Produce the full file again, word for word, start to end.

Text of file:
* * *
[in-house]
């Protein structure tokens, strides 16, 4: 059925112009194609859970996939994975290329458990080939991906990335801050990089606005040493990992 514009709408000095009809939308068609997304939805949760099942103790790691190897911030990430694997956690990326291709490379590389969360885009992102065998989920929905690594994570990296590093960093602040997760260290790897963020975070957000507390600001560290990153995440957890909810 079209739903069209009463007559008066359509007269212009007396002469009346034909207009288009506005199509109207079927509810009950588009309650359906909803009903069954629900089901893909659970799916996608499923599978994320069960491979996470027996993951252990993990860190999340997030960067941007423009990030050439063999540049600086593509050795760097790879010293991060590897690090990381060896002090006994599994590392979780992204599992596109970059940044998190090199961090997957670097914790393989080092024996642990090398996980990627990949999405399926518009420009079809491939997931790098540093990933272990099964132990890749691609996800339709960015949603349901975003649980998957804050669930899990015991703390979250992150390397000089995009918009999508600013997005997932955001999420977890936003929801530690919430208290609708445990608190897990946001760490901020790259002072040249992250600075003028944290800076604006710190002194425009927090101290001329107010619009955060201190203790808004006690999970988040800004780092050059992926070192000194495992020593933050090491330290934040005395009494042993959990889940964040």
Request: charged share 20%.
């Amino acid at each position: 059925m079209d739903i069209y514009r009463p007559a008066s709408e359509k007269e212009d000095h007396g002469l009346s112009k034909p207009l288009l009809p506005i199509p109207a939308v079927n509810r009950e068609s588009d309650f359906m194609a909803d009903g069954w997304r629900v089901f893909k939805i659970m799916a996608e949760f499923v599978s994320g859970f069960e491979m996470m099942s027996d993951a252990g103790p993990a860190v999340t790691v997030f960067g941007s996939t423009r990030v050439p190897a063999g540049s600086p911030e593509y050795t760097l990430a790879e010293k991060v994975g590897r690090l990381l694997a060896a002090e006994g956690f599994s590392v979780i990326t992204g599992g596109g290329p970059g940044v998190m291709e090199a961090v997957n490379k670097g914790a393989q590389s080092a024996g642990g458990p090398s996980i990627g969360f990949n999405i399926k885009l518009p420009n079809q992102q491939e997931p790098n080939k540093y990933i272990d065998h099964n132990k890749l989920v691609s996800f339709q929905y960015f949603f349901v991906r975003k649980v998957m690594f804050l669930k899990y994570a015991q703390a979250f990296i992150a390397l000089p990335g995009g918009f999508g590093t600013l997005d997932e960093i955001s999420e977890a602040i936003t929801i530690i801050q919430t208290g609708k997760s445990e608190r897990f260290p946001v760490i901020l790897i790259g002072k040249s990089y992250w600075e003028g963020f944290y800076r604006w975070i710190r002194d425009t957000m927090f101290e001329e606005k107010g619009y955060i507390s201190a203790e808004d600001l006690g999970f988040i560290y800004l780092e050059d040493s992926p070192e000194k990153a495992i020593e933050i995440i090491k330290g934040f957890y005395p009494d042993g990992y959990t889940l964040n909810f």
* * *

[in-house]
């Protein structure tokens, strides 16, 4: 059925112009194609859970996939994975290329458990080939991906990335801050990089606005040493990992 514009709408000095009809939308068609997304939805949760099942103790790691190897911030990430694997956690990326291709490379590389969360885009992102065998989920929905690594994570990296590093960093602040997760260290790897963020975070957000507390600001560290990153995440957890909810 079209739903069209009463007559008066359509007269212009007396002469009346034909207009288009506005199509109207079927509810009950588009309650359906909803009903069954629900089901893909659970799916996608499923599978994320069960491979996470027996993951252990993990860190999340997030960067941007423009990030050439063999540049600086593509050795760097790879010293991060590897690090990381060896002090006994599994590392979780992204599992596109970059940044998190090199961090997957670097914790393989080092024996642990090398996980990627990949999405399926518009420009079809491939997931790098540093990933272990099964132990890749691609996800339709960015949603349901975003649980998957804050669930899990015991703390979250992150390397000089995009918009999508600013997005997932955001999420977890936003929801530690919430208290609708445990608190897990946001760490901020790259002072040249992250600075003028944290800076604006710190002194425009927090101290001329107010619009955060201190203790808004006690999970988040800004780092050059992926070192000194495992020593933050090491330290934040005395009494042993959990889940964040």
Request: charged share 20%.
């Amino acid at each position: 059925m079209d739903i069209y514009r009463p007559a008066s709408e359509k007269e212009d000095h007396g002469l009346s112009k034909p207009l288009l009809p506005i199509p109207a939308v079927n509810r009950e068609s588009d309650f359906m194609a909803d009903g069954w997304r629900v089901f893909k939805i659970m799916a996608e949760f499923v599978s994320g859970f069960e491979m996470m099942s027996d993951a252990g103790p993990a860190v999340t790691v997030f960067g941007s996939t423009r990030v050439p190897a063999g540049s600086p911030e593509y050795t760097l990430a790879e010293k991060v994975g590897r690090l990381l694997a060896a002090e006994g956690f599994s590392v979780i990326t992204g599992g596109g290329p970059g940044v998190m291709e090199a961090v997957n490379k670097g914790a393989q590389s080092a024996g642990g458990p090398s996980i990627g969360f990949n999405i399926k885009l518009p420009n079809q992102q491939e997931p790098n080939k540093y990933i272990d065998h099964n132990k890749l989920v691609s996800f339709q929905y960015f949603f349901v991906r975003k649980v998957m690594f804050l669930k899990y994570a015991q703390a979250f990296i992150a390397l000089p990335g995009g918009f999508g590093t600013l997005d997932e960093i955001s999420e977890a602040i936003t929801i530690i801050q919430t208290g609708k997760s445990e608190r897990f260290p946001v760490i901020l790897i790259g002072k040249s990089y992250w600075e003028g963020f944290y800076r604006w975070i710190r002194d425009t957000m927090f101290e001329e606005k107010g619009y955060i507390s201190a203790e808004d600001l006690g999970f988040i560290y800004l780092e050059d040493s992926p070192e000194k990153a495992i020593e933050i995440i090491k330290g934040f957890y005395p009494d042993g990992y959990t889940l964040n909810f």